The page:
In this particular instance I did not make a full file system extraction of the device. I only copied the app directory of interest for testing purposes. Do follow generally accepted forensic principles when doing similar work on your case work.

Chats and Media

As stated in the Short version portion of the blog post the message data can be accessed by joining the contents of two different databases and two tables in them.

1. TIMMessageORM.db.sqlite
2. awemecontacts.AwemeIM.db

The paths for these files are respectively:

1. Support/ChatFiles/User-ID/db.sqlite
2. /private/var/mobile/Containers/Data/Application/UU-ID/Documents/AwemeIM.db

The messages query found in the DFIR SQL Query Repo for TikTok produces the following results:


The column data is as follows:
1. sender = The numeric user id. The value is used to join the two tables in order to access usernames.

2. profilepicURL = Is the link for the user profile pic.

3. customID = Account username.

4. nickname = Precisely what it says.

5. Local_create_Time = Local/device time for a particular message.

6. servercreatedat = Server/remote time for a particular message. A value of zero indicates the message did not leave the device.

7. message = The content of the message.

8. localresponse = Additional information for a particular message. For example for messages that did not leave the device this field will provide some diagnostic information.

9. links_display_name = If the user responds with an image or a gif this field will have the display name of the file.

10. links_gif_url = The link for the sent image of gif. Contents can be accessed without authentication.

The user data query found in the DFIR SQL Query Repo for TikTok produces the following results:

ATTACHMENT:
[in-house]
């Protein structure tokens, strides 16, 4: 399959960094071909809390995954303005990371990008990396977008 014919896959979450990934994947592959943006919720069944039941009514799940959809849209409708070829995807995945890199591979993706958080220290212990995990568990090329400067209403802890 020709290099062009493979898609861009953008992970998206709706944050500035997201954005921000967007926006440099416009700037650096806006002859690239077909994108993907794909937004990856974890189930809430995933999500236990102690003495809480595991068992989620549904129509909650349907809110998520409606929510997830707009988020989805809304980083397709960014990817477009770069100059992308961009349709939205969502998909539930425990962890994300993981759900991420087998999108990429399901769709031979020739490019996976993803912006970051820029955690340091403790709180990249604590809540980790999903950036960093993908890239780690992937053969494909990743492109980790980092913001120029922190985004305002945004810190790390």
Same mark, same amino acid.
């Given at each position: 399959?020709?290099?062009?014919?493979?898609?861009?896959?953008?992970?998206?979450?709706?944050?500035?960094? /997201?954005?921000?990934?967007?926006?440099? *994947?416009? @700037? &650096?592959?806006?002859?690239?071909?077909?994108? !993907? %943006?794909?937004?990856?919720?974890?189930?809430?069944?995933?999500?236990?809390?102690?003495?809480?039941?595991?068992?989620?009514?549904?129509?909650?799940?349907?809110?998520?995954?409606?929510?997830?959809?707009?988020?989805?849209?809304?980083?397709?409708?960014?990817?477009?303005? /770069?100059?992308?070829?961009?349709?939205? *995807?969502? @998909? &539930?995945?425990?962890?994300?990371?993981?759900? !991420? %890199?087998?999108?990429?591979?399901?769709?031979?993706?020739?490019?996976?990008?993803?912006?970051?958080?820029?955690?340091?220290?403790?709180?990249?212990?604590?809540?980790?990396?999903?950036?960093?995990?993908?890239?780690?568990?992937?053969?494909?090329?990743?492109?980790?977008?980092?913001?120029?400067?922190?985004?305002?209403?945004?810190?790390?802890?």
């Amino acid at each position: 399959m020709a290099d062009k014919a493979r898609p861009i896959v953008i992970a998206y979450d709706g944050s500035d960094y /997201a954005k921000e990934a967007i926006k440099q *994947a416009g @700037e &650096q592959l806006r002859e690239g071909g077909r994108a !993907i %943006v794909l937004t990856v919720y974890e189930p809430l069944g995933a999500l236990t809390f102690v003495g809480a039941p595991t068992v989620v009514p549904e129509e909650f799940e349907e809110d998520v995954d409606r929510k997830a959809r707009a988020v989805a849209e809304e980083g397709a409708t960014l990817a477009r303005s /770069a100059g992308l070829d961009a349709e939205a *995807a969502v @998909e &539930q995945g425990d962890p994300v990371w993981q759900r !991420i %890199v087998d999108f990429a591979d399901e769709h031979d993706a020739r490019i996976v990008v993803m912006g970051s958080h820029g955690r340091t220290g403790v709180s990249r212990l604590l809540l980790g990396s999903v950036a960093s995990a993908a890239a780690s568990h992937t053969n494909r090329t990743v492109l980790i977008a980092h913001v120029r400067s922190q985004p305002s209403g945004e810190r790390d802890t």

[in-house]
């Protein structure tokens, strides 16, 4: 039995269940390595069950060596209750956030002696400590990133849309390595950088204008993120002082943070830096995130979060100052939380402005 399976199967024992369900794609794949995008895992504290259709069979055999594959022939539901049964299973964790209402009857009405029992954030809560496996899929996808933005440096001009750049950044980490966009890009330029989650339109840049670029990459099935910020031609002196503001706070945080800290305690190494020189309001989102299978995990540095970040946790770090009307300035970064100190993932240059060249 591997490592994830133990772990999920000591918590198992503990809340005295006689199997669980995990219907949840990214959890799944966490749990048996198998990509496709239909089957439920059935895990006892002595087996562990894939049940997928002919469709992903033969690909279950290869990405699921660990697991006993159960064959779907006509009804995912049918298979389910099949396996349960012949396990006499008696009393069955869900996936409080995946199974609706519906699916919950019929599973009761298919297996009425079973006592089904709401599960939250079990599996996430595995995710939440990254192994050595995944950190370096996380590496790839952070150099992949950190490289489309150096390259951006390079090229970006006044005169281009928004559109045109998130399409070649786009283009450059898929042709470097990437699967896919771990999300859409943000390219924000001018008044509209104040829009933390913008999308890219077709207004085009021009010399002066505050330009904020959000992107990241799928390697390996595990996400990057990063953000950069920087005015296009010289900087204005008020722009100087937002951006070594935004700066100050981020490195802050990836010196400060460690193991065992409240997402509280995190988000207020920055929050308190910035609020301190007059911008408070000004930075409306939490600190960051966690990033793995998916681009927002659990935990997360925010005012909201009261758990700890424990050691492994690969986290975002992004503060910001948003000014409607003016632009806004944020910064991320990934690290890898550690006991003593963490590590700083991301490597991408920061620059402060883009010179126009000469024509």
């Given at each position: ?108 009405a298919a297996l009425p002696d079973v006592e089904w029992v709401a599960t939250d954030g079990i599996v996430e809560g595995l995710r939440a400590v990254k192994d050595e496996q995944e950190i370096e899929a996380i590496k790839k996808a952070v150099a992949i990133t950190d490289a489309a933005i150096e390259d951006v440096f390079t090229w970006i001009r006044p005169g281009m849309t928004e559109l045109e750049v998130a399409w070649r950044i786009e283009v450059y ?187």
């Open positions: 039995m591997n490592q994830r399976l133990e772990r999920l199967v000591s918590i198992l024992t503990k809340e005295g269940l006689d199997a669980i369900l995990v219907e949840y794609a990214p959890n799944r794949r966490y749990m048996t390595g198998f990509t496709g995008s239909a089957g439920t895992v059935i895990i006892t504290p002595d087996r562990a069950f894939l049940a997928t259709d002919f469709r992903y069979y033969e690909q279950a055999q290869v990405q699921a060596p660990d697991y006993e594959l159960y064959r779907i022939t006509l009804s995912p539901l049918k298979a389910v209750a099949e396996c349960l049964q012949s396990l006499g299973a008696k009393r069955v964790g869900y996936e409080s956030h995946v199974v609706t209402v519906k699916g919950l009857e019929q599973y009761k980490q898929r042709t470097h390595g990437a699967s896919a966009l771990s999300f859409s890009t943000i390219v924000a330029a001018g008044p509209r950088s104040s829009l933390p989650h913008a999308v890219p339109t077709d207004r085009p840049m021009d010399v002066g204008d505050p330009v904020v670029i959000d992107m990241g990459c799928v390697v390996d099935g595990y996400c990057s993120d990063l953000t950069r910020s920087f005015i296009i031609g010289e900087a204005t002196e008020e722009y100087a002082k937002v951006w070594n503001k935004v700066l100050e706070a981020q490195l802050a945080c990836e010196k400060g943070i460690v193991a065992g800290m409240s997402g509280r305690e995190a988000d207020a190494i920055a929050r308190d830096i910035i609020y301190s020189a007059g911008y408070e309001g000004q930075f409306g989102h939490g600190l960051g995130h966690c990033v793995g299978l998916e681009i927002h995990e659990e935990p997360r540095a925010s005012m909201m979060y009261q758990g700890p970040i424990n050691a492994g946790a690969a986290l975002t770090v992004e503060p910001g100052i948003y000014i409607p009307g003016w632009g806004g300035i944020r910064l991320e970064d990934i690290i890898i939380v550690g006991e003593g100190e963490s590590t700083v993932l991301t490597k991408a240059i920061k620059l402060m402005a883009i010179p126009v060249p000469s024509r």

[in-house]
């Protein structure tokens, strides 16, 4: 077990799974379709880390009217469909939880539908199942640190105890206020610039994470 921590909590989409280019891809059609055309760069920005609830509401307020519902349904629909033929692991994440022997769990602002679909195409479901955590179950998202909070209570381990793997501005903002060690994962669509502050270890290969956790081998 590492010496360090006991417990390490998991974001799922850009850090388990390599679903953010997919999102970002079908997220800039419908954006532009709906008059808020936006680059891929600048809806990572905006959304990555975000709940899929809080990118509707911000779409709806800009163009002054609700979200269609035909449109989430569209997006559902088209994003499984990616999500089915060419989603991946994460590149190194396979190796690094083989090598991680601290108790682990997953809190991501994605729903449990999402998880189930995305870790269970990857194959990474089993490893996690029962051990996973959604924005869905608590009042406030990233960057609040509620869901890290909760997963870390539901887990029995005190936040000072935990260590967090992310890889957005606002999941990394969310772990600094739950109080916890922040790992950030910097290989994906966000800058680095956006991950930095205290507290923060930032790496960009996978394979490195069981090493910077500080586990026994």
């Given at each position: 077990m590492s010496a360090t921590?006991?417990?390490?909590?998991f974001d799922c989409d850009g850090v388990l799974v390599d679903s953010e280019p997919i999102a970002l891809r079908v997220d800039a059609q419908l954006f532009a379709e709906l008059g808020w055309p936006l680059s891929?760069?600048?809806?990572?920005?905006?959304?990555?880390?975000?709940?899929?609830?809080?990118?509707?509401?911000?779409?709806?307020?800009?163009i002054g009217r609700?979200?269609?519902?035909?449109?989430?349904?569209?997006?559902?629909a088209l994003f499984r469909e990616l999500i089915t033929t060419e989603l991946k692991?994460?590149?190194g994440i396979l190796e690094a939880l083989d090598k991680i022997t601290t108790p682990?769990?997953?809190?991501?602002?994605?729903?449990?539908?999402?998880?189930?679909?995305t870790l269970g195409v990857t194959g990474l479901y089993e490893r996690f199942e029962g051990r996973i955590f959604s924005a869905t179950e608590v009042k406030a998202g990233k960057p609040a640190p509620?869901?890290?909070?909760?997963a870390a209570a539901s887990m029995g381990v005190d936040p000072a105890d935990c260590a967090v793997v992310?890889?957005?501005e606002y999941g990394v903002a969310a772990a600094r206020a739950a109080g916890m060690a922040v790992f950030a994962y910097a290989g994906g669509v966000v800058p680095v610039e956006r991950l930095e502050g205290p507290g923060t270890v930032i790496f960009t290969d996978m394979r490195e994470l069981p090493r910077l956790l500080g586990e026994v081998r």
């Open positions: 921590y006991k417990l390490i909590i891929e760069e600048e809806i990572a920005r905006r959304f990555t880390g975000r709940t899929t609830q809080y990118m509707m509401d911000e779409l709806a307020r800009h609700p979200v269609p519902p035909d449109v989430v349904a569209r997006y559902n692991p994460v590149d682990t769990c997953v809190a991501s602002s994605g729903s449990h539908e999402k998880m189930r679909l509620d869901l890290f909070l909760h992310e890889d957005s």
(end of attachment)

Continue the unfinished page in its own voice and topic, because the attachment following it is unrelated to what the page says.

The column data is as follows:
1. uid = Numeric user id. 

2. customID = Account username.

3. nickname = Precisely what it says.

4. latestchattimestamp = Last timestamp for a chat.

5. url1 = Link for the profile pic of the user.

One can use the uid number to access the public profile of the user over a browser. Just user the following URL and fill it with the uid of interest.
https://m.tiktok.com/h5/share/usr/(insert username ID number from DB).html
Here is one of my test account profiles as an example:

 All public shared videos can be seen in the profile.

Videos created with the app can be found in the following directory with the .mp4 extension:
/private/var/mobile/Containers/Data/Application/UU-ID/temp/
Conclusion

The TikTop app, both in Android and iOS, stores JSON data within SQLite databases. Currently I don't know of any mayor forensic tool vendor that has the json_extract function enabled in their SQLite implementations. This means that queries that can handle JSON data can't be incorporated into their artifact/template generation tools except via the use of more complex JSON handling python scripts.

For the time being exporting the databases of interest and executing SQL queries on them via a third party SQLite browser tool will be my preferred choice.

As always I can be reached on twitter @alexisbrignoni and email 4n6[at]abrignoni[dot]com.